I like trees. I like reading about trees. I like studying trees. Celebritrees is a book that Susan recommended one Read Aloud Thursday, which confirmed another positive review I had already read of this book elsewhere. I haven’t had much time to search our local libraries’ catalogs for Cybils nominated titles (to read for the Armchair Cybils challenge, you know), but I happened to note that Celebritrees was nominated in the nonfiction picture books category. When I happened to see it on the shelf on our last library run, of course I had to bring it home.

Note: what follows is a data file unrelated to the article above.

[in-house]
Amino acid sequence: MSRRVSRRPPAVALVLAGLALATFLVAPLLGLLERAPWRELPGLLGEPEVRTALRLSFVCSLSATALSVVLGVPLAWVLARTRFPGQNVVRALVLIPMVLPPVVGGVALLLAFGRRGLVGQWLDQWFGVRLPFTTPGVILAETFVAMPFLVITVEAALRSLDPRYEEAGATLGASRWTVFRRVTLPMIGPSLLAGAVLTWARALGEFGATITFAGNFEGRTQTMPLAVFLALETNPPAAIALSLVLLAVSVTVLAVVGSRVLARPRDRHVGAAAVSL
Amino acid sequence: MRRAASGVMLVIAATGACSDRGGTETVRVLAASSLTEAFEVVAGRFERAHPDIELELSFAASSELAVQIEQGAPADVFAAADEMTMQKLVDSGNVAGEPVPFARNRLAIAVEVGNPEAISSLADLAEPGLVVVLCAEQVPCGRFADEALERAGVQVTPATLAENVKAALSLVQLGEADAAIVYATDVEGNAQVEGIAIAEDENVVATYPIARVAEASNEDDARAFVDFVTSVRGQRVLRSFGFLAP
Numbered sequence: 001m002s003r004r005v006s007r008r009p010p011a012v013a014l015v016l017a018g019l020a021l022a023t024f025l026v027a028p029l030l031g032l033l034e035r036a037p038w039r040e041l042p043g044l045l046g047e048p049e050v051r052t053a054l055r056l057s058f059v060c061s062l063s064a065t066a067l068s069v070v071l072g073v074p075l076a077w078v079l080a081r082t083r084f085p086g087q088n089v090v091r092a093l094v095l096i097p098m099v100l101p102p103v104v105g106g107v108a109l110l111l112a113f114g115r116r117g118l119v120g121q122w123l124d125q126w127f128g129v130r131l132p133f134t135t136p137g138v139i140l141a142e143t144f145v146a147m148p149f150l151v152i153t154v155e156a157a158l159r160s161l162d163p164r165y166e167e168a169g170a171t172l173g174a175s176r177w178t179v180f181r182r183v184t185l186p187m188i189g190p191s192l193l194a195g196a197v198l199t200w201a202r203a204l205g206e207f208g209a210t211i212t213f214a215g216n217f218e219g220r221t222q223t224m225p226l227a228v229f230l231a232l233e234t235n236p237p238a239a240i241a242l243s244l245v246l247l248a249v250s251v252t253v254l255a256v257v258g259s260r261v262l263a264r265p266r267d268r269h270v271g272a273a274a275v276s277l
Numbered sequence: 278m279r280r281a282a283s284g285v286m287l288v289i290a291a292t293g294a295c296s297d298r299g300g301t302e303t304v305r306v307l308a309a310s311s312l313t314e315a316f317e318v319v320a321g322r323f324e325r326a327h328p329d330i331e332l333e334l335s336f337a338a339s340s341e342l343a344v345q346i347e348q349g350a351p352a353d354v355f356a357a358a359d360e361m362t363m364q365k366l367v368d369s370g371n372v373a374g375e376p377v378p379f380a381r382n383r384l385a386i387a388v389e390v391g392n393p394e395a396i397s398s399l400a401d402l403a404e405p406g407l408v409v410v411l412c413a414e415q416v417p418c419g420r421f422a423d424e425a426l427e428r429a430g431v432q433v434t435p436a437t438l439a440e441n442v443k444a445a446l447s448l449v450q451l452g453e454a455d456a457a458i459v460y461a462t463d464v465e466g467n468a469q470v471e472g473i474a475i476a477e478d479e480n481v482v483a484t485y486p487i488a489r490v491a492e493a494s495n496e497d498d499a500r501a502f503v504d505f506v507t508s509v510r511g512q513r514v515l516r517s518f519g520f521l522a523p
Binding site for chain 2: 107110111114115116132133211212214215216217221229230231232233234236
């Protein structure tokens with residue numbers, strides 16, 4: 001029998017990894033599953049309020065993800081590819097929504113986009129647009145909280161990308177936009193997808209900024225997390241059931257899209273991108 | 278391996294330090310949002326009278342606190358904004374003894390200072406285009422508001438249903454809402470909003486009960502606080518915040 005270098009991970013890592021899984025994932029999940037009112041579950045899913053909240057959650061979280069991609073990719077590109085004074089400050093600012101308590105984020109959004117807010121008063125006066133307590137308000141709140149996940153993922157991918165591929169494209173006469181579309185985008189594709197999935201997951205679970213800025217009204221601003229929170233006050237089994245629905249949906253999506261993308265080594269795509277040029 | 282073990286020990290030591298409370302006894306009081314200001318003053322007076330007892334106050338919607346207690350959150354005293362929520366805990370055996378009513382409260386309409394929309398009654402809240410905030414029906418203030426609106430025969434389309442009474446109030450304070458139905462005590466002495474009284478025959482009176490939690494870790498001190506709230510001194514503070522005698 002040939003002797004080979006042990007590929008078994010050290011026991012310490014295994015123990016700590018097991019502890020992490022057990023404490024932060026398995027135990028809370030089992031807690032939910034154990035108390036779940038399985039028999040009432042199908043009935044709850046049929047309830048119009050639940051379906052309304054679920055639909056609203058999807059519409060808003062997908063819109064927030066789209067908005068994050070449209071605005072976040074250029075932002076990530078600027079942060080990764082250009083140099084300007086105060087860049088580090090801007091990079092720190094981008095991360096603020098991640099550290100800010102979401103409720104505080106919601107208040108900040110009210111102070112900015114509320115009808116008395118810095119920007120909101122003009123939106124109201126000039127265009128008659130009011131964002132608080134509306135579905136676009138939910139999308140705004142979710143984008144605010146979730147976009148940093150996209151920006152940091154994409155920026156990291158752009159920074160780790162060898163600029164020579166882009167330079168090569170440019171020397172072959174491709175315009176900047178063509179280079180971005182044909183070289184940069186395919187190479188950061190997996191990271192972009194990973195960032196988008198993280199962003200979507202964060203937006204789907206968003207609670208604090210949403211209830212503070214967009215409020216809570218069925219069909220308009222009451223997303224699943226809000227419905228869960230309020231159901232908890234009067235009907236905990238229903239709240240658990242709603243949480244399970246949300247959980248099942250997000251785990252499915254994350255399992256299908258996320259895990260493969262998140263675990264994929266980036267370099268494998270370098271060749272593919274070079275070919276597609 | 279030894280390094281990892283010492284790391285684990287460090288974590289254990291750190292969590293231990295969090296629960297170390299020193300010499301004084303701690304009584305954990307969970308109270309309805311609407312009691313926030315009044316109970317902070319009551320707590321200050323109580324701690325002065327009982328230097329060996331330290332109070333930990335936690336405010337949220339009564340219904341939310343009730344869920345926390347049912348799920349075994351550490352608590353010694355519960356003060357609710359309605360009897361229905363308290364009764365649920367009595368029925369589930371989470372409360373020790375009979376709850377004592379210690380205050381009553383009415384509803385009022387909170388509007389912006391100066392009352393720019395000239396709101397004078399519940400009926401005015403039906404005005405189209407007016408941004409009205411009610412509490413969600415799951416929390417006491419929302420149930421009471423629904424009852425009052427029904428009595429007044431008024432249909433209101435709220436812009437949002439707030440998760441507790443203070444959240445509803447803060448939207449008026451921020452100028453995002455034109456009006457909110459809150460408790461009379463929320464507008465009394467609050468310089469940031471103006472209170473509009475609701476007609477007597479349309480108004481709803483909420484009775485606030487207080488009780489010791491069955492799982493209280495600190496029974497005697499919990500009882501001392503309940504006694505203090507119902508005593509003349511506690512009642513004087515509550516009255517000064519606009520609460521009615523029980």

Celebritrees is the type of book that makes a nice read-aloud over a period of several days. It’s encyclopedic in its format; each “celebritree” is given a two-page spread: one page of text and illustrations and a facing page of just the tree, illustrated in acrylic ink, colored pencil, and watercolor by Rebecca Gibbon. Each tree is introduced with some standard information: its name, species, location, and its age. Some of the famous trees in this book are Methuselah, “the oldest known single living organism on earth”; General Sherman, a giant sequoia in California; the Post Office Tree, a bur oak in Kansas that was used by travelers on the Santa Fe trail as a post offfice of sorts for those coming along behind them on the trail; and the Boab Prison Tree, a baobab in Australia that has been used as a temporary holding-place for prisoners. Obviously, at only about a page of text per tree (and it’s text interspersed with illustrations), this book really just provides enough information to pique one’s interest. The last six pages of the book contain additional information and a list of suggestions entitled “What can we do to help grow celebritrees?” I like the fact that ordinary trees (like the Tree That Owns Itself in Athens, Georgia) are included; this makes trees, even those in our backyard, seem important. The illustrations have a retro feel, perhaps because the book is printed on (recycled?) paper that isn’t pure white, giving the appearance that the book is aged. This book is one I think I liked it better than my girls did, but again, I like trees. One thing that was interesting for them is that we have actually seen one of the trees mentioned in the book–a moon tree (a tree grown from a seed which was taken to the moon as an experiment to see if this would affect its growth) grows in the back lot of Ivy Green, the birthplace of Helen Keller, which we have visited several times. This is a one-of-a-kind book that has the potential to spark all kinds of interesting dicussion and/or projects, and although we girls didn’t just love it, I think it’s a unique and worthwhile nonfiction picture book. (An added bonus for me is that it’s by Margi Preus, an author whose Newbery honor winning Heart of a Samurai I loved.)